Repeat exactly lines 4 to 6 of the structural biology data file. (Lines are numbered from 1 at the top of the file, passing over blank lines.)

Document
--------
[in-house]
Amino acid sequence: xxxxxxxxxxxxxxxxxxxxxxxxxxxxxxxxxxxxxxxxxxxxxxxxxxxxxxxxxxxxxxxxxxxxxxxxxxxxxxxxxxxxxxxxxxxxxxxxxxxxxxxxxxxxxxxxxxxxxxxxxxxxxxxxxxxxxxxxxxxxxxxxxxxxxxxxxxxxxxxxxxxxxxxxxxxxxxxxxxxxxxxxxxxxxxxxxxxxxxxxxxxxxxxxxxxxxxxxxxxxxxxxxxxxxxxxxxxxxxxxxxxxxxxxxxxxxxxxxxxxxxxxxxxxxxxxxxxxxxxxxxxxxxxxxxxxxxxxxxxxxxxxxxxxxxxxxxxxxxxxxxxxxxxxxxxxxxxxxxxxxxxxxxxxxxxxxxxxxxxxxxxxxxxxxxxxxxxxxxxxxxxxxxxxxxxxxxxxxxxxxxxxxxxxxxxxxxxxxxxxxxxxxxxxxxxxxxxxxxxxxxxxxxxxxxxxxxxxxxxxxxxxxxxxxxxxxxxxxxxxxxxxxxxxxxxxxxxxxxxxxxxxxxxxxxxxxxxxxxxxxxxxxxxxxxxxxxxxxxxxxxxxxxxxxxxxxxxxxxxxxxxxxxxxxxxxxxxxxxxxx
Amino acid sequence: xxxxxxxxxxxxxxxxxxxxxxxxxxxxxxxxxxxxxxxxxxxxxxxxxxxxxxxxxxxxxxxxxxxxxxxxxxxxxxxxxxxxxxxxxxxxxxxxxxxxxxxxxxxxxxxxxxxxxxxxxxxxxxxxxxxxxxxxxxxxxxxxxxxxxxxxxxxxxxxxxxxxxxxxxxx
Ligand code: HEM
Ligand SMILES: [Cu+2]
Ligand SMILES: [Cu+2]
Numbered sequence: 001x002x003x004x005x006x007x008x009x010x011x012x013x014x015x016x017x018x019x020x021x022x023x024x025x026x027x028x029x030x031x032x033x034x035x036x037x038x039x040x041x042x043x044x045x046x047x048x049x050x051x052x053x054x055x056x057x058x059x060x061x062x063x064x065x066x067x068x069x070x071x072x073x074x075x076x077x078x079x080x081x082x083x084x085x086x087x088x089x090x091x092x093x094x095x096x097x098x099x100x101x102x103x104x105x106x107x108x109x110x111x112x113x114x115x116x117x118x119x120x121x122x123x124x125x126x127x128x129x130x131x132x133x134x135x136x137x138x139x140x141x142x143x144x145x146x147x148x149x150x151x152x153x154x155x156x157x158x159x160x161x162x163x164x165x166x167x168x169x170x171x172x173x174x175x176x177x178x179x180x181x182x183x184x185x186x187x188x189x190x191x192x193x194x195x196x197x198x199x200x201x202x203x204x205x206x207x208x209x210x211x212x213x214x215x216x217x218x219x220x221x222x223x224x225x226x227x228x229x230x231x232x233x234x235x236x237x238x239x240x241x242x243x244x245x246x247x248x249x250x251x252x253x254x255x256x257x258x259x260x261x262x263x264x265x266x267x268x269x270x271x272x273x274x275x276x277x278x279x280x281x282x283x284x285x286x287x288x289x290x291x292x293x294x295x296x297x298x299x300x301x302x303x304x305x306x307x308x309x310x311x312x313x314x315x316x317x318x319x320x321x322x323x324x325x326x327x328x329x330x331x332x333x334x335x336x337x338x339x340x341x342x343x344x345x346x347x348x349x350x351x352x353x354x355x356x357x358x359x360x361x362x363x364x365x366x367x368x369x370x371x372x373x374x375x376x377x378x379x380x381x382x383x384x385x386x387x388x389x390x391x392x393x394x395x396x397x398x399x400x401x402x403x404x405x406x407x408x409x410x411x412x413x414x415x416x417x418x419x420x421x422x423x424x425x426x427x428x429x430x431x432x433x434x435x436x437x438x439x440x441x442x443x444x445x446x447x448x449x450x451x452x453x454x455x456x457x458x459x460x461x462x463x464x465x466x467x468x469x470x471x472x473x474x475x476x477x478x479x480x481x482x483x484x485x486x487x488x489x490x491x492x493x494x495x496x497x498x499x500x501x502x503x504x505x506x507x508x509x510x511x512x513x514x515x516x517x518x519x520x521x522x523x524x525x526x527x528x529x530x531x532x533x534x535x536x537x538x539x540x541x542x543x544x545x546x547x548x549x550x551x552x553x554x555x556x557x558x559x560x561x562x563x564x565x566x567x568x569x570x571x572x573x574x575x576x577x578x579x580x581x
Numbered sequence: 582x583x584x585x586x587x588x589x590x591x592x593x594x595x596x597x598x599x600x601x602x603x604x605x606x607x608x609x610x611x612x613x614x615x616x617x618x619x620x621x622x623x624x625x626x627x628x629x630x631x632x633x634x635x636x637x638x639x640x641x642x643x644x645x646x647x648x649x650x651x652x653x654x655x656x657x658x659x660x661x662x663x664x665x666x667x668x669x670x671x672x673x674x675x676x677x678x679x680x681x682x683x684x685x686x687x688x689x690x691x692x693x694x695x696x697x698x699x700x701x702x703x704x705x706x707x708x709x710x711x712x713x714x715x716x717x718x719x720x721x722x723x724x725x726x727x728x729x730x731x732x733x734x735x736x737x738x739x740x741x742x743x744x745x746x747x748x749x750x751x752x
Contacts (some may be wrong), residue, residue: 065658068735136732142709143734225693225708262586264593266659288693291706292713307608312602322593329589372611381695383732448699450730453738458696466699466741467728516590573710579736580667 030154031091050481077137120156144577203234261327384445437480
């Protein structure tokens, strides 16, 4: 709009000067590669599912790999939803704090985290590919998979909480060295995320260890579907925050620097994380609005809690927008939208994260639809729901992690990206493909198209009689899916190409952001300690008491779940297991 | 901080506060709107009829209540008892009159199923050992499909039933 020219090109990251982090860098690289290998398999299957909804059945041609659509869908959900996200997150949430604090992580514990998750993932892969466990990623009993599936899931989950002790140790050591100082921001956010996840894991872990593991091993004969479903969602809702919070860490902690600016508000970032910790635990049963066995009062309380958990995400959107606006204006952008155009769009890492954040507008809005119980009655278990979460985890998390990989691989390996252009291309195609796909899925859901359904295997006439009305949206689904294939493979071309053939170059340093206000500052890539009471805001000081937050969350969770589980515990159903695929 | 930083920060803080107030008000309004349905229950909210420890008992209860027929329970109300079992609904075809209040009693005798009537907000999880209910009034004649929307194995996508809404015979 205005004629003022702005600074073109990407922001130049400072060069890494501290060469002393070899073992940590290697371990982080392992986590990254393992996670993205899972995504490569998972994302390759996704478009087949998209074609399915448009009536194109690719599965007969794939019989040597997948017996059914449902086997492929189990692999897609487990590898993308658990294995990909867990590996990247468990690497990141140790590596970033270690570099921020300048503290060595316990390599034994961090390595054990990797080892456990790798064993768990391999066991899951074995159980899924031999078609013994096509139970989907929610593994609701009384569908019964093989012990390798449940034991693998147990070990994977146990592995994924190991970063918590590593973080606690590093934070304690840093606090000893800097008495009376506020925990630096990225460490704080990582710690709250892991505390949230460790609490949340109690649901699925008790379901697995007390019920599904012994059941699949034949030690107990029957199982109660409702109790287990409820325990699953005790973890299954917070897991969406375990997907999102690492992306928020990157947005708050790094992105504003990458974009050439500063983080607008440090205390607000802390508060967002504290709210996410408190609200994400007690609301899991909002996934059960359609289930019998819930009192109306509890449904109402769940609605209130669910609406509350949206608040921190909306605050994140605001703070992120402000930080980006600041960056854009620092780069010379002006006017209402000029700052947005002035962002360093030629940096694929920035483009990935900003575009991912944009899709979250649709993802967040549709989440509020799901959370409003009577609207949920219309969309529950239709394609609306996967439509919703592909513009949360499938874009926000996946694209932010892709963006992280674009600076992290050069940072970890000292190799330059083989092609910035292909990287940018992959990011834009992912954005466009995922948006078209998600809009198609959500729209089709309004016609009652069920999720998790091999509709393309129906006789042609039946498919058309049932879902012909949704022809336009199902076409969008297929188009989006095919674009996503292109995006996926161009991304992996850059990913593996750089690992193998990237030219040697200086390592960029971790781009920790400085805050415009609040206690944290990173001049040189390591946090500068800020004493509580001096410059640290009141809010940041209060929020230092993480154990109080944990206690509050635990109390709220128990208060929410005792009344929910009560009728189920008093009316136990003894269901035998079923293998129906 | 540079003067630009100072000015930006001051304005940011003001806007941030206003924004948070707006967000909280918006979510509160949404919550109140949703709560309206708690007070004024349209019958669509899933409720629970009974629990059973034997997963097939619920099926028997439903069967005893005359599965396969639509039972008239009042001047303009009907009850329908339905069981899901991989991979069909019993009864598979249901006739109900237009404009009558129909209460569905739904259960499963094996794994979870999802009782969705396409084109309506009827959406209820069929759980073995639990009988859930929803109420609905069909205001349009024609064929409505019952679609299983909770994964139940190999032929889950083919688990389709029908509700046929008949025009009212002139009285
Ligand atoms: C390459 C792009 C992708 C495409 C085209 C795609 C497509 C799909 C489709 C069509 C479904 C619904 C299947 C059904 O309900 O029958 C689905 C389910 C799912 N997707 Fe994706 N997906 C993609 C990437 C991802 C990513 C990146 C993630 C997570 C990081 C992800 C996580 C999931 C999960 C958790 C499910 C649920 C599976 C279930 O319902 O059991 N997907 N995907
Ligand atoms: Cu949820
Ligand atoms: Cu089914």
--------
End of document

Ligand code: HEM
Ligand SMILES: [Cu+2]
Ligand SMILES: [Cu+2]